Legend has it that when George Washington’s father asked him whether he’d chopped down his cherry tree, young Washington said, “I cannot tell a lie, I did it with my little hatchet.” Whether truth or fiction, such rigorous honesty is refreshing because it’s seemingly rare these days, plus it establishes real trust.
But woes betide anyone who breaks that trust by lying. Be it a cheating spouse, a president involved in a cover-up (even a president lying about being up under the covers with someone with a cheating spouse) or a restaurant brand losing its customers’ confidence in its food or service—any dishonesty stings. We don’t like broken promises, whether large or small, taken under oath or implied in an advertisement because truth in friendship and marketing is an unwritten social expectation.
Subway broke that trust recently when consumers caught stores selling 11-inch sandwiches billed as “footlongs.” Their outrage showed that size matters to customers, even when it’s just an inch of bread, cheese and meat. It’s my guess, however, that people were most ticked that Subway came up short on integrity, not bread.
And how about the horsemeat-for-hamburger switcheroo in Europe? Why it’s OK to eat bovines but not broodmares is a matter of discussion, but learning after the fact that your burger once was a beast bridled and beloved is a serious matter of indignation and indigestion to billions of people. William Hallman, director of the Food Policy Institute at Rutgers University put it best when he told ABC News, "People expected one thing and got another. What they got is culturally inappropriate for a lot of people."
Some time ago I addressed the break in trust between a Papa John’s franchisee and thousands of its customers, whose mobile phone numbers were used to text them unwanted messages. Those customers gave the chain permission to communicate deals about Papa John’s products only, not anything else. The abuse of that trust has resulted in a $250-million lawsuit against the pizza chain and its marketing partner and harmed both companies’ reputations.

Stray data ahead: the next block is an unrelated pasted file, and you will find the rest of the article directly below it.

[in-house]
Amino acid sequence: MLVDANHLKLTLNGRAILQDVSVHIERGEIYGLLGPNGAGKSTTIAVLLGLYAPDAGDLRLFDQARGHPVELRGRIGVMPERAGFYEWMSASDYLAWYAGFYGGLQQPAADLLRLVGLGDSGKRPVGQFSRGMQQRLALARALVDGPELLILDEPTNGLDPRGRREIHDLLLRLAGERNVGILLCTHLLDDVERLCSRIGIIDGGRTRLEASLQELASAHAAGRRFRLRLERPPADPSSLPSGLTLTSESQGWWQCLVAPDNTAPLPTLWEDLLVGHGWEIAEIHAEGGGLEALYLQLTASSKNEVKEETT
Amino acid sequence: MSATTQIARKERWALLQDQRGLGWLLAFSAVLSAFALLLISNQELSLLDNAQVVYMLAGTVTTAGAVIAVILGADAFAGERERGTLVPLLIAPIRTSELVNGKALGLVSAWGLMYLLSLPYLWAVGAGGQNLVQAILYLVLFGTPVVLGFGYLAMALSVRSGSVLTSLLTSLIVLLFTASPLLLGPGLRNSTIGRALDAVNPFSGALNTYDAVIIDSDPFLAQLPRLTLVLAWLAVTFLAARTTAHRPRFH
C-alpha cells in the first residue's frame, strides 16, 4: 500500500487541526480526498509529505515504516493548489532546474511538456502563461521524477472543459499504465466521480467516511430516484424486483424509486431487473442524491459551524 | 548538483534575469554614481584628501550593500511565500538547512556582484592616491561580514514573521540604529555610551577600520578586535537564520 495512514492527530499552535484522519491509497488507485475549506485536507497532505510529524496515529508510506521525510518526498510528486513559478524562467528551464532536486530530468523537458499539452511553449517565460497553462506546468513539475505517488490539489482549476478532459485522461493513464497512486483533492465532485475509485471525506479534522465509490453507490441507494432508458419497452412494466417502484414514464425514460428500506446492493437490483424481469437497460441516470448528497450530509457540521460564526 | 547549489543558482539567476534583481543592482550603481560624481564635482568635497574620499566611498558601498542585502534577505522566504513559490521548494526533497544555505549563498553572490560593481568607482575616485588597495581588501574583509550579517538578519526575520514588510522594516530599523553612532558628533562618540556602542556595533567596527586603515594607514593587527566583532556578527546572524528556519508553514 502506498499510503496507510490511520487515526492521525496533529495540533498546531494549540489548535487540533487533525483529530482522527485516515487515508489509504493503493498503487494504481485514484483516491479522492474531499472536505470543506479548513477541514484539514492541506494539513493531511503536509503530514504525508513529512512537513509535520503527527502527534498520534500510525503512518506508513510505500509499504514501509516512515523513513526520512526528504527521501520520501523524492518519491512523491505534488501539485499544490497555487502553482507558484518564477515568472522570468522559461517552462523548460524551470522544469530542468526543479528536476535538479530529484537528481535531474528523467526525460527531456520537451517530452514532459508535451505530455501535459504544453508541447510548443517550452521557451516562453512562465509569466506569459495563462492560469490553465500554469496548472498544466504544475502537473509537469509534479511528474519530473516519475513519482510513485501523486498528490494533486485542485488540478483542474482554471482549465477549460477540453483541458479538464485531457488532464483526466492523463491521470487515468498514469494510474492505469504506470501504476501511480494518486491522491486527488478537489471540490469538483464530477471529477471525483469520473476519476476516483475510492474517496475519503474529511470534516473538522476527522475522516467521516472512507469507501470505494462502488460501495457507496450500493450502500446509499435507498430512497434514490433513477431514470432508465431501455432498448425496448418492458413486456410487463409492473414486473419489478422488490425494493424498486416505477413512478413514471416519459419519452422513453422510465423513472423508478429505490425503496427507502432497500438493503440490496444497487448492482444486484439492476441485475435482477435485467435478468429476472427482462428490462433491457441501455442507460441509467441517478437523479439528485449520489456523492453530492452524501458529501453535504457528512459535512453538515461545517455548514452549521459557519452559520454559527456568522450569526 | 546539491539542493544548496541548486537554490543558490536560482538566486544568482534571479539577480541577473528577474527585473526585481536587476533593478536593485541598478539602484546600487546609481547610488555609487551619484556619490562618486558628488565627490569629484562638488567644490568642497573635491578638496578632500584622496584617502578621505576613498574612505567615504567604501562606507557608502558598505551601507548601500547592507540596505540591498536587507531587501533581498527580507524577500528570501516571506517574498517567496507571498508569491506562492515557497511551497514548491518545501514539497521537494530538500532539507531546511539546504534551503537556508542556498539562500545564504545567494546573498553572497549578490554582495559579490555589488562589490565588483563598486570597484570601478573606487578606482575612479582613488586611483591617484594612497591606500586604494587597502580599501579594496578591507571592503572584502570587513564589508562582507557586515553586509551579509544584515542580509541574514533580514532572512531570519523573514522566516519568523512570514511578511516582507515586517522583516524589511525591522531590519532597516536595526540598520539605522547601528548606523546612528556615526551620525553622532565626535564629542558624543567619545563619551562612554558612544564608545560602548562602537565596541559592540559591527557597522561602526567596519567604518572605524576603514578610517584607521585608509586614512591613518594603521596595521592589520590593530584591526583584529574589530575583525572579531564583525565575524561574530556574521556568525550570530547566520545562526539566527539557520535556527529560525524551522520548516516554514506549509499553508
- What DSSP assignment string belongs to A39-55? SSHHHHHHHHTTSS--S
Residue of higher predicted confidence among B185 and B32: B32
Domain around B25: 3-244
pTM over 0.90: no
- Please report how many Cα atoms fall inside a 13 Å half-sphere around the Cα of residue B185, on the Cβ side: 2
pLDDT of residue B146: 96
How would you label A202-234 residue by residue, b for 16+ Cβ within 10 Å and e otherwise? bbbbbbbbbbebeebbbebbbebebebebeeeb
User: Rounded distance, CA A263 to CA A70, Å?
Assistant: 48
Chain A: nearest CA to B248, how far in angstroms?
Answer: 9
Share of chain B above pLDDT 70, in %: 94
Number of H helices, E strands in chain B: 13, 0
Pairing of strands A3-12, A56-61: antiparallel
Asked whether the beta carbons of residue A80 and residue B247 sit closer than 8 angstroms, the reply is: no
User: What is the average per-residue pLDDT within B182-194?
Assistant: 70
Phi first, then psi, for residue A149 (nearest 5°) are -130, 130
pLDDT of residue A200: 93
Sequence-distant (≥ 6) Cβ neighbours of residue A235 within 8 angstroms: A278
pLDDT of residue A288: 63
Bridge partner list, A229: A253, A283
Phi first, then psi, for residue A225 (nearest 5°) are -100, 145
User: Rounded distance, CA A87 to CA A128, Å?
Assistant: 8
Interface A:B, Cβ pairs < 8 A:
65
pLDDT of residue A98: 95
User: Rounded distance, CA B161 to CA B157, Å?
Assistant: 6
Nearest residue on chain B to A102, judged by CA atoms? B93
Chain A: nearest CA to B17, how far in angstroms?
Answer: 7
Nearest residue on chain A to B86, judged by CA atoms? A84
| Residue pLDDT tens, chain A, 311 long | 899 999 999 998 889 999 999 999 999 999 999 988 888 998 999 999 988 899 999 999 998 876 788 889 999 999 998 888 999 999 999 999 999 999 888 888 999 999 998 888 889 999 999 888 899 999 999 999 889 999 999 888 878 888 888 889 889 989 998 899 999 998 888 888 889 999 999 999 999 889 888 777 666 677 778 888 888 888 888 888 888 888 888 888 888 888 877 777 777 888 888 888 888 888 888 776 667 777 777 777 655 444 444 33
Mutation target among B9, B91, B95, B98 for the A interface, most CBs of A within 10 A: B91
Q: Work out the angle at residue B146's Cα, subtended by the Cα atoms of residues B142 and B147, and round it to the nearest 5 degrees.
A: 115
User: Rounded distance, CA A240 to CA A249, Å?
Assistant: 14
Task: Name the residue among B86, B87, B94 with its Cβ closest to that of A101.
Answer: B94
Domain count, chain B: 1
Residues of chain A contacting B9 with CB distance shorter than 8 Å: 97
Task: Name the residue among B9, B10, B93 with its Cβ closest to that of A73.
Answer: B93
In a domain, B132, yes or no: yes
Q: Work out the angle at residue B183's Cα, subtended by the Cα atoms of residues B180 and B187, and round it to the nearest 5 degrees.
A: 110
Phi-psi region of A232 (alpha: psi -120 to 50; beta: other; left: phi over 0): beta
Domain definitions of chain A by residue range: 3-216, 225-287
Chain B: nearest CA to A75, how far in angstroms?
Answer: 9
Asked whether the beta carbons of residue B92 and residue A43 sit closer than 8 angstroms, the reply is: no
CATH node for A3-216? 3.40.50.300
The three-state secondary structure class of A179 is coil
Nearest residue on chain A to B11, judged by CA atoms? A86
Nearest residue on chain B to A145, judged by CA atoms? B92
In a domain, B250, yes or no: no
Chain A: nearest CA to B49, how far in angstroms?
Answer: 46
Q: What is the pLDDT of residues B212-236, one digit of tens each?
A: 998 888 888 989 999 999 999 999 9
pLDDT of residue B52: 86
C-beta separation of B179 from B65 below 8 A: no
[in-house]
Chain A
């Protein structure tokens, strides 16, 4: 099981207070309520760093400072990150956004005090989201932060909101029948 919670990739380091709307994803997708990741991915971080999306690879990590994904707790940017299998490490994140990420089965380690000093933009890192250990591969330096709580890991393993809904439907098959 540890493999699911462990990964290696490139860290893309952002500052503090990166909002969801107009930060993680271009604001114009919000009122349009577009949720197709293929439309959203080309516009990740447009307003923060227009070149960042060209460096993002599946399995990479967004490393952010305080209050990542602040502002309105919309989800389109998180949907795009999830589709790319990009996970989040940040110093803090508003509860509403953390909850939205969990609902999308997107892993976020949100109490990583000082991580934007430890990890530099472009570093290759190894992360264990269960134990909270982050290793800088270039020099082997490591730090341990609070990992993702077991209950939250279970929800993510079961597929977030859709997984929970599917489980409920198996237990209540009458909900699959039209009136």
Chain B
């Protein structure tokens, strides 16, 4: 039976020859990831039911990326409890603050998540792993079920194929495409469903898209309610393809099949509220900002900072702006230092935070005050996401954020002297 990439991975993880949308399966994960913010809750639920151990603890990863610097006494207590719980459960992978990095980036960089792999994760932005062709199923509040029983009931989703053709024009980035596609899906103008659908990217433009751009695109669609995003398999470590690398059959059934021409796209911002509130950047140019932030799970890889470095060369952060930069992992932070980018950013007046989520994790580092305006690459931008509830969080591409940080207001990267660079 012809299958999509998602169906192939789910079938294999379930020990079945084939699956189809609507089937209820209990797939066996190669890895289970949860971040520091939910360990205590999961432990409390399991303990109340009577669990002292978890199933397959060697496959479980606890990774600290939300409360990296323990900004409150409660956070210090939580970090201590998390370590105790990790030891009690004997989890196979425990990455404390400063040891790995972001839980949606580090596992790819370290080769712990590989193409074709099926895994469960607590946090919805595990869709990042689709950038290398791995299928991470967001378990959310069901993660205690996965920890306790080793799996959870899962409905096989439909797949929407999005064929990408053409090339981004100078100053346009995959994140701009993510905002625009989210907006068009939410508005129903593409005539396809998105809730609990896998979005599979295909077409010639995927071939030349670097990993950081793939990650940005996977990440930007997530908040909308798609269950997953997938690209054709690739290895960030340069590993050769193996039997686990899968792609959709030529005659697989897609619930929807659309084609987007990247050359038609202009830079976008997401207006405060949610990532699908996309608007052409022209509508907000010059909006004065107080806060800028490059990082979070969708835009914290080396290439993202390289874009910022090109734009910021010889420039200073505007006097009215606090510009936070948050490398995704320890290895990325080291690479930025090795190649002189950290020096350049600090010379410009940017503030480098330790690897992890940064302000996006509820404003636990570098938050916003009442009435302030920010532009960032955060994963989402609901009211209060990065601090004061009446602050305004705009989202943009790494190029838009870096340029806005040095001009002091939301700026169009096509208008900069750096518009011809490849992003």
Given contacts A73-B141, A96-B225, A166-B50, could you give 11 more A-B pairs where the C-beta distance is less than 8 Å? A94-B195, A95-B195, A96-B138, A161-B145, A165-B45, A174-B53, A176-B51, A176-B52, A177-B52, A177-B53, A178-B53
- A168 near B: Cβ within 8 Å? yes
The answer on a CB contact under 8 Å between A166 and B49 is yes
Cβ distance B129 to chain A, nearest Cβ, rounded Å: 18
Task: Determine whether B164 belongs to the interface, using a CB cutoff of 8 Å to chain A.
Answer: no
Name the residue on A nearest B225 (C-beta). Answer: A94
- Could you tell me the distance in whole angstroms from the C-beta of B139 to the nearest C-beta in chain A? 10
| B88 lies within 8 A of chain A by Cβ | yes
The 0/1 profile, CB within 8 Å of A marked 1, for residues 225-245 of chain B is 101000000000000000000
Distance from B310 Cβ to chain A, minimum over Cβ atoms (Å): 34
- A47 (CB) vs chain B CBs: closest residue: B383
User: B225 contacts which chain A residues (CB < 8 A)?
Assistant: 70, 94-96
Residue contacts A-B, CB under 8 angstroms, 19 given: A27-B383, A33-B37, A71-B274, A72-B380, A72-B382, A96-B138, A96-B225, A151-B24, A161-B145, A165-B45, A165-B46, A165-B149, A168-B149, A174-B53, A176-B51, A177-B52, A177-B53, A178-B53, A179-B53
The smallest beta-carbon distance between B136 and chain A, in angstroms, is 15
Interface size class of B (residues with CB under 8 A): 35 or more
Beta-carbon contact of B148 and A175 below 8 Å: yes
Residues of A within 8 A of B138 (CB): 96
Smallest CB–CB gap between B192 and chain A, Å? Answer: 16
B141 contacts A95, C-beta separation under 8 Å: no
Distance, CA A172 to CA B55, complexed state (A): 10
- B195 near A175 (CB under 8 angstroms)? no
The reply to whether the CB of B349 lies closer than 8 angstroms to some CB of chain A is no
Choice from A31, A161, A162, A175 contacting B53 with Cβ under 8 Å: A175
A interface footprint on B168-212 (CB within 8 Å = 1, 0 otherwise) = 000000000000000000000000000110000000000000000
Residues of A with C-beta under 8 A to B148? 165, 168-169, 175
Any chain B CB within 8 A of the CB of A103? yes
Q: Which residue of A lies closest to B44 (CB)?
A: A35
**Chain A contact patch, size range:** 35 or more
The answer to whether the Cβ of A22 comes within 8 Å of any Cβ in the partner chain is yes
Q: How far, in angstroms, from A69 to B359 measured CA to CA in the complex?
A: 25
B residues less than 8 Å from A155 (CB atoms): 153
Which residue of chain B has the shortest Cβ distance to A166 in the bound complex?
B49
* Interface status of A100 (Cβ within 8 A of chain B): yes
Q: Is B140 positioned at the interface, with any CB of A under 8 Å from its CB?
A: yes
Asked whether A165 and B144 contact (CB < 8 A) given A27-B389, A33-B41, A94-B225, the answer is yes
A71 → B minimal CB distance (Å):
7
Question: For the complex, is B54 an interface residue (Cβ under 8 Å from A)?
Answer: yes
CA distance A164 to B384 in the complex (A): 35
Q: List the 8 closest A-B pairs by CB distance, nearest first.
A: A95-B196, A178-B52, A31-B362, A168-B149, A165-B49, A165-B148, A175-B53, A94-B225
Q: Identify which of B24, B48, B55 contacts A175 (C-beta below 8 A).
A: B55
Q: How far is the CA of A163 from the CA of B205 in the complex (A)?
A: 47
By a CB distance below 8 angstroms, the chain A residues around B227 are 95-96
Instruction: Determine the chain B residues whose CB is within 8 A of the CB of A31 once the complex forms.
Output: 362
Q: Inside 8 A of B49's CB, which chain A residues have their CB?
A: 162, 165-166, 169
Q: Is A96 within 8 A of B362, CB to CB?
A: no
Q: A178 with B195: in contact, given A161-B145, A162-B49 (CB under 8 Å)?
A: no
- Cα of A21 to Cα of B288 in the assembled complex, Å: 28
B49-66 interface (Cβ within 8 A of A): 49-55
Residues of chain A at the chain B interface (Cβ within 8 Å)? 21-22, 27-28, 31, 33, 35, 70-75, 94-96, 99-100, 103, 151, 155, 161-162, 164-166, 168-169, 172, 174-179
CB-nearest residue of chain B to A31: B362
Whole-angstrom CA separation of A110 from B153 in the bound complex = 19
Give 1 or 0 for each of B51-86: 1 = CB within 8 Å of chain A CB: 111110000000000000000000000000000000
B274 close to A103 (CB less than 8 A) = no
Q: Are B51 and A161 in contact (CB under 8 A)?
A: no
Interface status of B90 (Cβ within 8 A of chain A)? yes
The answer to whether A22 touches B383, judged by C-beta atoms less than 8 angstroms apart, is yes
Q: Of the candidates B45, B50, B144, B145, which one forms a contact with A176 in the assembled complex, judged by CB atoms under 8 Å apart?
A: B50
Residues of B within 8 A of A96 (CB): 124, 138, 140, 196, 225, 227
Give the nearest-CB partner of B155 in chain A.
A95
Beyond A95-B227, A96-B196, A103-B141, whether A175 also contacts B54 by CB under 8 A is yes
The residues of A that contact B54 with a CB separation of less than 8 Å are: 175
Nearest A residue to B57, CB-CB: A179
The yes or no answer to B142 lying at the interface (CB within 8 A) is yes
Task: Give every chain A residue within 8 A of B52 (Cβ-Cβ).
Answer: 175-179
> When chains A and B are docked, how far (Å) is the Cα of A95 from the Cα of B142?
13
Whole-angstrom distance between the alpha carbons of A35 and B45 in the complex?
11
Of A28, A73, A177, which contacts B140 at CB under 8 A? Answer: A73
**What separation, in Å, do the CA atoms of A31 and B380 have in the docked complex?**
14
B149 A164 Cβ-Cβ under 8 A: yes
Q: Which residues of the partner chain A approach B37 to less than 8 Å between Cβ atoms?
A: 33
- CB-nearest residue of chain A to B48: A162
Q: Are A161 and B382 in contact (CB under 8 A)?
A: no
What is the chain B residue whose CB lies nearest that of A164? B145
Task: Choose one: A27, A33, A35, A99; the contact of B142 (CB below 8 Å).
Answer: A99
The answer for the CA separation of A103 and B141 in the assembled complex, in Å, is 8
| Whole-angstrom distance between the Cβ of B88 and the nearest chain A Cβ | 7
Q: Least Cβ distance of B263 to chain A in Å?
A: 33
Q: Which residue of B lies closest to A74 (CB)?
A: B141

And here’s what’s really bad: Unlike in Washington’s day, word of a lie travels fast. Word of mouth travels asymmetrically in that negative talk moves exponentially faster than positive talk.With instant mobile phone access to social media, what happens in Vegas never stays in Vegas. Be it a picture of a paramour or a stubby sub, people put such images on the web faster than a spouse or sandwich maker can begin to apologize for the infraction.
In reality, however, such rapid fire access to social media can be beneficial if you engage your customers in that medium and in a way that builds trust. When people criticize your brand in social media, respond quickly and honestly to convince everyone you take their concerns seriously. Learn where the mistake occurred, act to eliminate that problem in the future and consider sharing your corrective actions with your social media fans.
An additional step is to address the upset customer privately, saying you appreciate his concern and want to offer something to compensate for the error. In the end, the cost of a free appetizer or drink spent on retaining an offended customer is insignificant compared to the investment required to gain a new one.
Technology is a tremendous asset in the battle for public integrity because we have the ability to broadcast instantly what we’re doing to correct our mistakes. Just as Washington admitted his fault and immediately regained his father’s trust, we have the power to do the same and restore our customers’ confidence. This is where social media becomes more a blessing more than a curse.
Three key questions that you should be asking, to help you keep your customers loyal:
1. Have you defined your customer communication policy? Ensure that your communication with customers is a high priority, and that your practices are transparent to them. For specific tips, look at our previous blog, Opt-in is not Optional.
2. What is your Mobile strategy? Mobile is increasingly the most preferred channel for customers. Customers like to be heard and often, they will express their negative feedback through third-party sites like Yelp, Tripadvisor, and Urbanspoon. But with mobile devices, your customers can directly share their feedback with you. And you can communicate with your customers directly, and resolve their satisfaction issues before they see the need to go to third-party sites.
3. Do you have a platform for managing and measuring Word of Mouth? Word of Mouth matters because it drives or turns away traffic into your restaurants. Is your marketing platform allowing you to manage and measure your Word of Mouth? It should allow you to encourage positive WOM and to quickly address negative WOM – across any social media. If you cannot measure the impact of Word of Mouth within your restaurant and at the Point of Sale (POS), you cannot manage it.
Jitendra Gupta is CEO of Punchh, the only mobile-centric marketing platform for restaurants that uses the power of mobile devices and social networks to drive and measure repeat visits, word of mouth, and referrals.